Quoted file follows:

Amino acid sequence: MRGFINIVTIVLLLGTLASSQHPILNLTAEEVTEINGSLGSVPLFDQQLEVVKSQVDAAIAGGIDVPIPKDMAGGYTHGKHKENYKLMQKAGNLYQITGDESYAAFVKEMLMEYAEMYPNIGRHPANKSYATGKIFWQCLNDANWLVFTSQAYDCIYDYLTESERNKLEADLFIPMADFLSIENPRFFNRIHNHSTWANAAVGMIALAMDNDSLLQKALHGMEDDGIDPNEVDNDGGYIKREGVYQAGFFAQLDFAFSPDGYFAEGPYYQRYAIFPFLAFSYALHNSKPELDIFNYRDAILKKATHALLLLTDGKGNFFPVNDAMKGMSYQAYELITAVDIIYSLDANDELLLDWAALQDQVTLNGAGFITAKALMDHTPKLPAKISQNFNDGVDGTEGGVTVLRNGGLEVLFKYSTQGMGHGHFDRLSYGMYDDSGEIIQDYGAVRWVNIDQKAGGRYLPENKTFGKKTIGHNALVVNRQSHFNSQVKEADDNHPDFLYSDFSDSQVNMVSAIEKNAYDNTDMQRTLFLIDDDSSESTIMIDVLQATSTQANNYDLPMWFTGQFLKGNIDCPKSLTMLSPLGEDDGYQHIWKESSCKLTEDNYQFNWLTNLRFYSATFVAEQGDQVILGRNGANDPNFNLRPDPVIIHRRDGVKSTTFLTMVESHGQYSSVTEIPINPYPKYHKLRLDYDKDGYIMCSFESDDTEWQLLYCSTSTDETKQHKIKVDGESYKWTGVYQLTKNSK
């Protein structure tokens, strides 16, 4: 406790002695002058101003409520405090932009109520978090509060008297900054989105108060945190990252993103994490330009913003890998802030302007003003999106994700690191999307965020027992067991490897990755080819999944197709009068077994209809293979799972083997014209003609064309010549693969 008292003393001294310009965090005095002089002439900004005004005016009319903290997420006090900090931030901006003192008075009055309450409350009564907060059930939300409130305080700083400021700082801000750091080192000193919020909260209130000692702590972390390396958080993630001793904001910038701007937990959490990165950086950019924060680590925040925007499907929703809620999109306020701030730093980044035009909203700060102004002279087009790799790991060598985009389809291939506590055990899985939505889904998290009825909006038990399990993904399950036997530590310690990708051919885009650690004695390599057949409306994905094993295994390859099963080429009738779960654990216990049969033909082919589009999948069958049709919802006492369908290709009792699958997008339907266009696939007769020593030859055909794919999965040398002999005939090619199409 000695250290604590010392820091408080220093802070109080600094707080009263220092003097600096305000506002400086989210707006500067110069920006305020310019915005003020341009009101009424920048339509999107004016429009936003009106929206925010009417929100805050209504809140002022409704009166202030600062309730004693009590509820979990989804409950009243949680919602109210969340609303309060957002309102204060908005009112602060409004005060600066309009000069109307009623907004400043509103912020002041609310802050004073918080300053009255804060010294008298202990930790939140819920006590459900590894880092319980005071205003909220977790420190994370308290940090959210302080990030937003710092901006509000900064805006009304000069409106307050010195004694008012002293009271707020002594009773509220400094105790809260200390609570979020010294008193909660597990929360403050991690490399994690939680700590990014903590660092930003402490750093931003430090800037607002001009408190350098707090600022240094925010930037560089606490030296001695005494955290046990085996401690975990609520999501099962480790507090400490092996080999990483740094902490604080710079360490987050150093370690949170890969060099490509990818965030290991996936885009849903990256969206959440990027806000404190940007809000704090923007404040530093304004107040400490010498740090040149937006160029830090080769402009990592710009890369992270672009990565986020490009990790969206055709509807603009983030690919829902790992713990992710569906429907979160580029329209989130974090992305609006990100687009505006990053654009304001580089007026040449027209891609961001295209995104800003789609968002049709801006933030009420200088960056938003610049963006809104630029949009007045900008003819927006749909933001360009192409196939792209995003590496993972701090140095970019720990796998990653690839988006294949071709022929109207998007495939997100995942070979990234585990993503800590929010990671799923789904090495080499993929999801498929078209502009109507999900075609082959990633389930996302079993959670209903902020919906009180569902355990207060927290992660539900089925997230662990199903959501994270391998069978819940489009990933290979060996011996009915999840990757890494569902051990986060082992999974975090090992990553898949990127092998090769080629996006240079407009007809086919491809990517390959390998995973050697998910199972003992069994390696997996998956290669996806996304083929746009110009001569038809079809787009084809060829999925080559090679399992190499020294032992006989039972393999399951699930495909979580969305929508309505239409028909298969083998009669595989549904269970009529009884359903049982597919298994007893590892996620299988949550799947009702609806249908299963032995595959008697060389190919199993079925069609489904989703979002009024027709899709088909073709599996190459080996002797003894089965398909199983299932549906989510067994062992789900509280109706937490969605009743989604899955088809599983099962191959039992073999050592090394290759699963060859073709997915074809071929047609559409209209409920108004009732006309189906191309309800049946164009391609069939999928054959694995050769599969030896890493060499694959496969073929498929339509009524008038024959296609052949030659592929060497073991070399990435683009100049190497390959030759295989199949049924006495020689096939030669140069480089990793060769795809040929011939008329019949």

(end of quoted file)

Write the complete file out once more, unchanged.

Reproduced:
Amino acid sequence: MRGFINIVTIVLLLGTLASSQHPILNLTAEEVTEINGSLGSVPLFDQQLEVVKSQVDAAIAGGIDVPIPKDMAGGYTHGKHKENYKLMQKAGNLYQITGDESYAAFVKEMLMEYAEMYPNIGRHPANKSYATGKIFWQCLNDANWLVFTSQAYDCIYDYLTESERNKLEADLFIPMADFLSIENPRFFNRIHNHSTWANAAVGMIALAMDNDSLLQKALHGMEDDGIDPNEVDNDGGYIKREGVYQAGFFAQLDFAFSPDGYFAEGPYYQRYAIFPFLAFSYALHNSKPELDIFNYRDAILKKATHALLLLTDGKGNFFPVNDAMKGMSYQAYELITAVDIIYSLDANDELLLDWAALQDQVTLNGAGFITAKALMDHTPKLPAKISQNFNDGVDGTEGGVTVLRNGGLEVLFKYSTQGMGHGHFDRLSYGMYDDSGEIIQDYGAVRWVNIDQKAGGRYLPENKTFGKKTIGHNALVVNRQSHFNSQVKEADDNHPDFLYSDFSDSQVNMVSAIEKNAYDNTDMQRTLFLIDDDSSESTIMIDVLQATSTQANNYDLPMWFTGQFLKGNIDCPKSLTMLSPLGEDDGYQHIWKESSCKLTEDNYQFNWLTNLRFYSATFVAEQGDQVILGRNGANDPNFNLRPDPVIIHRRDGVKSTTFLTMVESHGQYSSVTEIPINPYPKYHKLRLDYDKDGYIMCSFESDDTEWQLLYCSTSTDETKQHKIKVDGESYKWTGVYQLTKNSK
């Protein structure tokens, strides 16, 4: 406790002695002058101003409520405090932009109520978090509060008297900054989105108060945190990252993103994490330009913003890998802030302007003003999106994700690191999307965020027992067991490897990755080819999944197709009068077994209809293979799972083997014209003609064309010549693969 008292003393001294310009965090005095002089002439900004005004005016009319903290997420006090900090931030901006003192008075009055309450409350009564907060059930939300409130305080700083400021700082801000750091080192000193919020909260209130000692702590972390390396958080993630001793904001910038701007937990959490990165950086950019924060680590925040925007499907929703809620999109306020701030730093980044035009909203700060102004002279087009790799790991060598985009389809291939506590055990899985939505889904998290009825909006038990399990993904399950036997530590310690990708051919885009650690004695390599057949409306994905094993295994390859099963080429009738779960654990216990049969033909082919589009999948069958049709919802006492369908290709009792699958997008339907266009696939007769020593030859055909794919999965040398002999005939090619199409 000695250290604590010392820091408080220093802070109080600094707080009263220092003097600096305000506002400086989210707006500067110069920006305020310019915005003020341009009101009424920048339509999107004016429009936003009106929206925010009417929100805050209504809140002022409704009166202030600062309730004693009590509820979990989804409950009243949680919602109210969340609303309060957002309102204060908005009112602060409004005060600066309009000069109307009623907004400043509103912020002041609310802050004073918080300053009255804060010294008298202990930790939140819920006590459900590894880092319980005071205003909220977790420190994370308290940090959210302080990030937003710092901006509000900064805006009304000069409106307050010195004694008012002293009271707020002594009773509220400094105790809260200390609570979020010294008193909660597990929360403050991690490399994690939680700590990014903590660092930003402490750093931003430090800037607002001009408190350098707090600022240094925010930037560089606490030296001695005494955290046990085996401690975990609520999501099962480790507090400490092996080999990483740094902490604080710079360490987050150093370690949170890969060099490509990818965030290991996936885009849903990256969206959440990027806000404190940007809000704090923007404040530093304004107040400490010498740090040149937006160029830090080769402009990592710009890369992270672009990565986020490009990790969206055709509807603009983030690919829902790992713990992710569906429907979160580029329209989130974090992305609006990100687009505006990053654009304001580089007026040449027209891609961001295209995104800003789609968002049709801006933030009420200088960056938003610049963006809104630029949009007045900008003819927006749909933001360009192409196939792209995003590496993972701090140095970019720990796998990653690839988006294949071709022929109207998007495939997100995942070979990234585990993503800590929010990671799923789904090495080499993929999801498929078209502009109507999900075609082959990633389930996302079993959670209903902020919906009180569902355990207060927290992660539900089925997230662990199903959501994270391998069978819940489009990933290979060996011996009915999840990757890494569902051990986060082992999974975090090992990553898949990127092998090769080629996006240079407009007809086919491809990517390959390998995973050697998910199972003992069994390696997996998956290669996806996304083929746009110009001569038809079809787009084809060829999925080559090679399992190499020294032992006989039972393999399951699930495909979580969305929508309505239409028909298969083998009669595989549904269970009529009884359903049982597919298994007893590892996620299988949550799947009702609806249908299963032995595959008697060389190919199993079925069609489904989703979002009024027709899709088909073709599996190459080996002797003894089965398909199983299932549906989510067994062992789900509280109706937490969605009743989604899955088809599983099962191959039992073999050592090394290759699963060859073709997915074809071929047609559409209209409920108004009732006309189906191309309800049946164009391609069939999928054959694995050769599969030896890493060499694959496969073929498929339509009524008038024959296609052949030659592929060497073991070399990435683009100049190497390959030759295989199949049924006495020689096939030669140069480089990793060769795809040929011939008329019949």